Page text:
Hong Kong after Belcher and Collinson
- Hong Kong.
- BELCHER, Admiral Sir Edward and COLLINSON, Lieutenant R.E.
- Publication date
- 144 by 212mm. (5.75 by 8.25 inches).
A chart of Hong Kong drawn after Capt. Sir Edward Belcher's important survey of 1841, the first British survey of Hong Kong harbour; and the land survey by Lt. Collinson R.E. (Lt. Richard Collinson's brother) of 1846.
The chart shows the whole of Hong Kong island, the Kowloon peninsula, part of the adjacent island of Lan Tao, Peng Chau, Hei Ling Chau, Lamma, Sheung Sze Mun, Po Toi and Tung Lung Chau.
The British Hydrographic Office was founded in 1795 by George III, who appointed Alexander Dalrymple as the first Hydrographer to the Admiralty. The first charts were produced in 1800. Unlike the U.S. Coast Survey, the Hydrographic Office was given permission to sell charts to the public and they produced a great number of sea charts covering every corner of the globe. Most of the Admiralty charts produced by the Hydrographic Office delineated coastline as well as high and low water marks and record depth of water as established by soundings. In addition, these charts included information on shoals, reefs, and other navigational hazards that plagued mariners across the world. Thanks to the innovations of Sir Francis Beaufort, who developed the Beaufort Scale of wind strength, the British Hydrographic Office became one of the leading producers of sea charts.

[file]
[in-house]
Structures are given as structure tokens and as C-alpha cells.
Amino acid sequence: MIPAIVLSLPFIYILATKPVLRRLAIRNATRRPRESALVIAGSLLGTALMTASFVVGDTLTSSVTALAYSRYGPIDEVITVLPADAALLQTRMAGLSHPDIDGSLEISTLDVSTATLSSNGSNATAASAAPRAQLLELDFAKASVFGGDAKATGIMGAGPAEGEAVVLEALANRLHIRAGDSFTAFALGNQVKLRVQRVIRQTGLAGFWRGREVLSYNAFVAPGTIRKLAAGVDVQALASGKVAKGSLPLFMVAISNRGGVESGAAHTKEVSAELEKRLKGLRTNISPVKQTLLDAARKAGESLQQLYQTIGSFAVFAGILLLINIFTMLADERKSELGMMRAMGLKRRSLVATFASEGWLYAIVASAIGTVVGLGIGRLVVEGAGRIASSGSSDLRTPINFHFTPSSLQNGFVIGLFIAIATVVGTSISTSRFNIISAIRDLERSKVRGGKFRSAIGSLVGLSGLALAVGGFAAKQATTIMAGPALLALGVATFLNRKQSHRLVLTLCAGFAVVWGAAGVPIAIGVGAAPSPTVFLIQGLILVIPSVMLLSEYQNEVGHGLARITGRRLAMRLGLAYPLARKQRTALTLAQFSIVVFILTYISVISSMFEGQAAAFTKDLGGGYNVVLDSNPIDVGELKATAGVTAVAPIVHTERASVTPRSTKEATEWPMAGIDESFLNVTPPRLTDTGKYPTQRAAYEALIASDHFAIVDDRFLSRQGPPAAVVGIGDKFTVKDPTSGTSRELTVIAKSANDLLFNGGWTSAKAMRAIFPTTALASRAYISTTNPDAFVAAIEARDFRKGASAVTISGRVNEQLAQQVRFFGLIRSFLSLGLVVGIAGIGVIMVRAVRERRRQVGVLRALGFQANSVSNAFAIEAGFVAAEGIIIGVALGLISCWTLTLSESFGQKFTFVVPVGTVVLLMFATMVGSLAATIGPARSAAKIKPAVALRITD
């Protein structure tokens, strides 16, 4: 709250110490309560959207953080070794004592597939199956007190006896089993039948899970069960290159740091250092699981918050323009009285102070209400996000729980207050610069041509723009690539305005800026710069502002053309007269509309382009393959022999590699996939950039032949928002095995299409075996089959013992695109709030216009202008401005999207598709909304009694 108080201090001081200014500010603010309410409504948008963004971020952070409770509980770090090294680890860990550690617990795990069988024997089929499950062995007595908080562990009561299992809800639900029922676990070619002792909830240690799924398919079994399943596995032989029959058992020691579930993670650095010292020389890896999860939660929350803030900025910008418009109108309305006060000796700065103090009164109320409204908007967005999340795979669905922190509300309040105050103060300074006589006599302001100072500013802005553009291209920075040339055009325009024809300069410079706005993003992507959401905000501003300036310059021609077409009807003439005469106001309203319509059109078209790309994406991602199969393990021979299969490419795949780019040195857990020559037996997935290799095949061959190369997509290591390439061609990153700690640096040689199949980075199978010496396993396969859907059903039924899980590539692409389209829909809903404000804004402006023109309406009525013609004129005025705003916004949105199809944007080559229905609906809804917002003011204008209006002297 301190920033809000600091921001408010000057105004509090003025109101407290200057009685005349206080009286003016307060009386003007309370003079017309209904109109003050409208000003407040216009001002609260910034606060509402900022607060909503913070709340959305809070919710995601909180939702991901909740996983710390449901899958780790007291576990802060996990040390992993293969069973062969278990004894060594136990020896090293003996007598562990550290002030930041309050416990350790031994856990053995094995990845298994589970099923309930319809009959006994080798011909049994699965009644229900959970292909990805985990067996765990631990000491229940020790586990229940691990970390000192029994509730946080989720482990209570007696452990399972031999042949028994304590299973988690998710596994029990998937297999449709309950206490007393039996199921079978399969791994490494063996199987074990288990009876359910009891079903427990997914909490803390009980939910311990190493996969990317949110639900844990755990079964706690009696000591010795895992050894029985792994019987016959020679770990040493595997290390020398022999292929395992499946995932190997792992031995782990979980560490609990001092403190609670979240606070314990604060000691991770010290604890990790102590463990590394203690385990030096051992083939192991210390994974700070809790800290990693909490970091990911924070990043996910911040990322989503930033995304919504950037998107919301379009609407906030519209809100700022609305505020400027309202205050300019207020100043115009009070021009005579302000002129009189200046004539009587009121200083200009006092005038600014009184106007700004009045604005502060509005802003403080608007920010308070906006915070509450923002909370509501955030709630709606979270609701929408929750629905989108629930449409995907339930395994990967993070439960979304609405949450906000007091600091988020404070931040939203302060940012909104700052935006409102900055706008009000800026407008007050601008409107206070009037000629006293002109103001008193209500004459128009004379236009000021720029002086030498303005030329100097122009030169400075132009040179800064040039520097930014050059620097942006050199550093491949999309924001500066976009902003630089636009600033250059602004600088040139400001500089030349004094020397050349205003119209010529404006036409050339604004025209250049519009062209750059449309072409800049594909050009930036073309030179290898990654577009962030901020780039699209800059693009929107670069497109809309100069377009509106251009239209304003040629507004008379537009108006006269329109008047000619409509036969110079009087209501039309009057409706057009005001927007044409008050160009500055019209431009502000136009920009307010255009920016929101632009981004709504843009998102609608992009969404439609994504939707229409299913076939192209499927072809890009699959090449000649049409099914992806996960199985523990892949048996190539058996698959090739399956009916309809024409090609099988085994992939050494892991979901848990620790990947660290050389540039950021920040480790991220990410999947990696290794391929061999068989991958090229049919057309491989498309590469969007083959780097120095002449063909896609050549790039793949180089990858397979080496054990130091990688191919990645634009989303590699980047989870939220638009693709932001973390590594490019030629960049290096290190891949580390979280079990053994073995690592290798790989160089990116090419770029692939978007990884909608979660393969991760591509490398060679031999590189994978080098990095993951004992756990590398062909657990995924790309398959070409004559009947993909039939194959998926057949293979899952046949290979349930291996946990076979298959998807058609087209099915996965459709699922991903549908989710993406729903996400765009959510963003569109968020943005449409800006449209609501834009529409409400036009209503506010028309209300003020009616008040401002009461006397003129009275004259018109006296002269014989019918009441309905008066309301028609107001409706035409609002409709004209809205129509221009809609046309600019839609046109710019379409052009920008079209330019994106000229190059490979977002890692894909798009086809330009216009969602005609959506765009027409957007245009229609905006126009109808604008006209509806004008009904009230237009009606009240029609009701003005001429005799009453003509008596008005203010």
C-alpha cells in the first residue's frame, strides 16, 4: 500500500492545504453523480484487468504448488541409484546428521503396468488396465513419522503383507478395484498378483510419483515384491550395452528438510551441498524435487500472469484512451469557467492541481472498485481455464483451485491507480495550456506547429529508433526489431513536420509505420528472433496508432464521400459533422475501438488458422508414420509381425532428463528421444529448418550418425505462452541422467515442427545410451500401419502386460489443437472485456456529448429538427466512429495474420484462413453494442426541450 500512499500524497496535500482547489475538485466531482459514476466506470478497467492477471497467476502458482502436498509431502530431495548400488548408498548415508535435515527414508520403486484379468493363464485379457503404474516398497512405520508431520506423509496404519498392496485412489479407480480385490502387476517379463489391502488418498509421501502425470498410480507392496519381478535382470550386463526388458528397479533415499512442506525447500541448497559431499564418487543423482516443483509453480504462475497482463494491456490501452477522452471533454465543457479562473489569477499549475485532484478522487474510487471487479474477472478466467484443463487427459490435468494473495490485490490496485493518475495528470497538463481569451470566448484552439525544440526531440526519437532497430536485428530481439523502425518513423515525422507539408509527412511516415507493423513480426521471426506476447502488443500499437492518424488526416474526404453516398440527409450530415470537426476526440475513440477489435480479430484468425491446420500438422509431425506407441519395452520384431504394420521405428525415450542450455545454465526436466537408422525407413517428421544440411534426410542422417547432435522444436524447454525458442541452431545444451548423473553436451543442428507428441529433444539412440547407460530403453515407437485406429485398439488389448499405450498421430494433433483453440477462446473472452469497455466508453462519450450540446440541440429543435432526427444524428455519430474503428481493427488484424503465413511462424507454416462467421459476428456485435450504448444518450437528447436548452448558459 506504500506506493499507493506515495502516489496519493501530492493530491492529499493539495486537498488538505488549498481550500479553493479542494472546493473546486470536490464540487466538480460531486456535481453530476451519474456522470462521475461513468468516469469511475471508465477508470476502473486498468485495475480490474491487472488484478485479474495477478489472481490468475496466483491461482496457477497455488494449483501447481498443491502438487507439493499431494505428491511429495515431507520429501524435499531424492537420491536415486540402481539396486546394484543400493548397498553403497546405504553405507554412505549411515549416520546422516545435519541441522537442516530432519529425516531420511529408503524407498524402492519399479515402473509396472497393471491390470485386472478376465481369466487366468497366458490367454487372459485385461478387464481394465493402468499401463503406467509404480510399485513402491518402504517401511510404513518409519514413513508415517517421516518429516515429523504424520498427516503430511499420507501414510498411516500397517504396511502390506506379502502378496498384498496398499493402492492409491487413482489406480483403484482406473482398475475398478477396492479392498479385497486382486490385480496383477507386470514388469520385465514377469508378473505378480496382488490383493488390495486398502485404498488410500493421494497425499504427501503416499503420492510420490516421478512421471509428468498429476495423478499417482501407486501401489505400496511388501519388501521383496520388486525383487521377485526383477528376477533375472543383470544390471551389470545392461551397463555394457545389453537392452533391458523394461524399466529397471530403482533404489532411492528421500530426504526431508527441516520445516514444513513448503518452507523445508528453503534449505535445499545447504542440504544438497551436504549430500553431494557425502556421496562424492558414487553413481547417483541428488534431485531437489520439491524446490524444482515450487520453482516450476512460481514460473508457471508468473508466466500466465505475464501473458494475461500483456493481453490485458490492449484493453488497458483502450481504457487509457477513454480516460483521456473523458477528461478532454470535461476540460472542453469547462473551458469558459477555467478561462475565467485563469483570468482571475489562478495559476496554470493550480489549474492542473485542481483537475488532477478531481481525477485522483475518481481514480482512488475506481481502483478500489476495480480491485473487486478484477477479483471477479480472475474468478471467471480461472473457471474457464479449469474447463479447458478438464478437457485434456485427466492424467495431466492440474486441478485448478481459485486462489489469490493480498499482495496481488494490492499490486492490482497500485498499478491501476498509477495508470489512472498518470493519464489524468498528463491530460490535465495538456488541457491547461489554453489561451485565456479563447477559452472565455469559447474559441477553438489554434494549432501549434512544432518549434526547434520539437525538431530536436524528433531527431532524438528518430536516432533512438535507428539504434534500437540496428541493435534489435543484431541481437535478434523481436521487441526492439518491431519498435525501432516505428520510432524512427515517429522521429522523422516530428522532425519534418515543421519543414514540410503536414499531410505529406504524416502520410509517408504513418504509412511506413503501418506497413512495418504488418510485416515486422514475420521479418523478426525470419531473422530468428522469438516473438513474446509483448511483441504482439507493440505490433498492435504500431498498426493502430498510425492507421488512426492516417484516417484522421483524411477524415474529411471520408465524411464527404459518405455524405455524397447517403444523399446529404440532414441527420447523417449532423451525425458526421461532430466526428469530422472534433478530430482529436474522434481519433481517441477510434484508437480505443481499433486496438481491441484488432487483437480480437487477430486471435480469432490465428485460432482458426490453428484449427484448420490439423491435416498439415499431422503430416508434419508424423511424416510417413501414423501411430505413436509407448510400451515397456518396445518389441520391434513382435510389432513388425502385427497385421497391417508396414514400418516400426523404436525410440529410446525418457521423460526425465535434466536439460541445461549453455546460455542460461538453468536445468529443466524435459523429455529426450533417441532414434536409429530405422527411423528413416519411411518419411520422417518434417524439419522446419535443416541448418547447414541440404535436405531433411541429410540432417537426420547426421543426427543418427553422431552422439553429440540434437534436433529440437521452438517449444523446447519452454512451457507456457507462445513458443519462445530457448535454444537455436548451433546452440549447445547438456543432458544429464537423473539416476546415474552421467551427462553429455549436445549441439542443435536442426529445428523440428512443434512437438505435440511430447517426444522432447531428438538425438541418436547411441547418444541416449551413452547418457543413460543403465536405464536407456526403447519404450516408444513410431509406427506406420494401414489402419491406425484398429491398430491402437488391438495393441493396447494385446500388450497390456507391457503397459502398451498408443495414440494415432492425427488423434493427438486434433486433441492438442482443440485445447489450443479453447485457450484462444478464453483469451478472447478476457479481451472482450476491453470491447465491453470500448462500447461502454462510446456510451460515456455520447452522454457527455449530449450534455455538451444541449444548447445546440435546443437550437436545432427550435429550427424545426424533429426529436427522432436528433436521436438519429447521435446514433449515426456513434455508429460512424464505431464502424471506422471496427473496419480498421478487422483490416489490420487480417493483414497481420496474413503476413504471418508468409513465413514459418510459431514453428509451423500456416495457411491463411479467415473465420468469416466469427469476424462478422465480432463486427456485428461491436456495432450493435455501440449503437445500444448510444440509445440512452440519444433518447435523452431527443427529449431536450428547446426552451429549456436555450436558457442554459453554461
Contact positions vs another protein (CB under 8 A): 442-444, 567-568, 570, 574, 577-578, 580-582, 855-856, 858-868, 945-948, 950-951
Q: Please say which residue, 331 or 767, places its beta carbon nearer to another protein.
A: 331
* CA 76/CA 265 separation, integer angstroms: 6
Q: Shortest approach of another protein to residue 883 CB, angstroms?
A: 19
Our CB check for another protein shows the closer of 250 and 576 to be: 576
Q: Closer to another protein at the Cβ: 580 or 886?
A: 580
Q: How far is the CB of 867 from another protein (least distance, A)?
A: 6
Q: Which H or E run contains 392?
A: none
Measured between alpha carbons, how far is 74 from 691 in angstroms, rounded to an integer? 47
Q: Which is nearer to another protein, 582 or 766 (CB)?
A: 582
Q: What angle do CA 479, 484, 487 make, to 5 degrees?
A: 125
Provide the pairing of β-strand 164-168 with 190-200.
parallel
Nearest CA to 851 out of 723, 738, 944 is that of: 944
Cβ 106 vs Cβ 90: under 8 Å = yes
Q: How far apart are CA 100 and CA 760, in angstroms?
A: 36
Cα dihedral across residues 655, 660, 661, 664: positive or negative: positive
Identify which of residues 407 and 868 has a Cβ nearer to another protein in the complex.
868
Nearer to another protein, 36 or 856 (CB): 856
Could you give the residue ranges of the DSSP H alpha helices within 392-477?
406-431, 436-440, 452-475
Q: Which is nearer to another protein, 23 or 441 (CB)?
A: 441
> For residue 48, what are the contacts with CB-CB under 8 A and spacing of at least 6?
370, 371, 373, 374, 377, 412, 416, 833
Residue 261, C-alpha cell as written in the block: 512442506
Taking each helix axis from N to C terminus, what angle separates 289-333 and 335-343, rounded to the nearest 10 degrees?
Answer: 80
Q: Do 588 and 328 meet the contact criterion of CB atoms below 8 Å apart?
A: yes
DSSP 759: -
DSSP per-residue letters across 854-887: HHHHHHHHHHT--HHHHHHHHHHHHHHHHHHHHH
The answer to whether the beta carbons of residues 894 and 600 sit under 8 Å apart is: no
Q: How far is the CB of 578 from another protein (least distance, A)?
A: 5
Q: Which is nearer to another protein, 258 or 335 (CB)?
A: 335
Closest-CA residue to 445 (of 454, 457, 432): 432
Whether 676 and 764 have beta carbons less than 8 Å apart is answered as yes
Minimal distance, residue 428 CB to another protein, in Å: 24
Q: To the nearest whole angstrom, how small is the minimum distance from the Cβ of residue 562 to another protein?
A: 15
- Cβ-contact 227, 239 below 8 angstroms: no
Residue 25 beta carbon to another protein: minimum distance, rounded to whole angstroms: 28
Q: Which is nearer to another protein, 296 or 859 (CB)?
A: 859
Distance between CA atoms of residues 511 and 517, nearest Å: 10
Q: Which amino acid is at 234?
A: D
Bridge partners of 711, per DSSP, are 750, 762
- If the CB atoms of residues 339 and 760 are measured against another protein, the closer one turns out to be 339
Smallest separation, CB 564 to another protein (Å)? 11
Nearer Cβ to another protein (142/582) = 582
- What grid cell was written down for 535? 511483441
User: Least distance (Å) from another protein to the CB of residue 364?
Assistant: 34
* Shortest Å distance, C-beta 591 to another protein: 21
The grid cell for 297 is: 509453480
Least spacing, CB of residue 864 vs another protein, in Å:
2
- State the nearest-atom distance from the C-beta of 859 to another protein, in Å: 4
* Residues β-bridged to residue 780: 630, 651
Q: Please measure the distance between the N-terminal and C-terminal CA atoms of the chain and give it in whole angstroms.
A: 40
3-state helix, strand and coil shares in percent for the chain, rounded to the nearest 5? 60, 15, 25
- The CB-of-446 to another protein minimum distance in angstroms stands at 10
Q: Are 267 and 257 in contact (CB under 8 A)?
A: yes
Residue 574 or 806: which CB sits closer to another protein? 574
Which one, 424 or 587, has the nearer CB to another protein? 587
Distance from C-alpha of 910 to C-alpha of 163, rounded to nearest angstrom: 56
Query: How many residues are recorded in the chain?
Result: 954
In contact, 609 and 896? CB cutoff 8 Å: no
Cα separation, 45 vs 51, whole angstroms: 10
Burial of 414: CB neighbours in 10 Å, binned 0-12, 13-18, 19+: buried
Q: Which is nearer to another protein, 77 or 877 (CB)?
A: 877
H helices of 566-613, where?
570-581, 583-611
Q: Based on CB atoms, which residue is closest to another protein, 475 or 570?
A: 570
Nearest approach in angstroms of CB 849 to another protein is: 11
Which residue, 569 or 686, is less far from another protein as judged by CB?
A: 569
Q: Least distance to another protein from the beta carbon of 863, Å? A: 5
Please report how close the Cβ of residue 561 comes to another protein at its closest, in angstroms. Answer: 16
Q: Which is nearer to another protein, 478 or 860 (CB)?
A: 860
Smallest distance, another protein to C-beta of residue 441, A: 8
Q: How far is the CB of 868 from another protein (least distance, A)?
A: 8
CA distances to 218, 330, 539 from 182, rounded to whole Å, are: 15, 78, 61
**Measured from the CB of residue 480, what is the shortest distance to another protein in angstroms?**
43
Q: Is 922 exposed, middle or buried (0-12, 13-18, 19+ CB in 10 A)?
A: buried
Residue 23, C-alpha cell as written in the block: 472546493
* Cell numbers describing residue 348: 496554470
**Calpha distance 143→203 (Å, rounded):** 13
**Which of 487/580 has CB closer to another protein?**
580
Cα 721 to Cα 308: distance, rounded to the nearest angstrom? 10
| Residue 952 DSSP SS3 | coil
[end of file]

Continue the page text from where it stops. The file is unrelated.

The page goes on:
Sir Edward Belcher (1799-1877) was a surveyor for the Hydrographic office, and published his Narrative of a Voyage round the World performed in HMS Sulphur during the years 1836-1842 after his involvement in the First China War and the capture of Hong Kong. He rose steadily through the officer class and became admiral in 1872.
Collinson's survey (1842-1846) was the first complete scientific survey of the Chinese coast, and his work would become the template for all subsequent charts.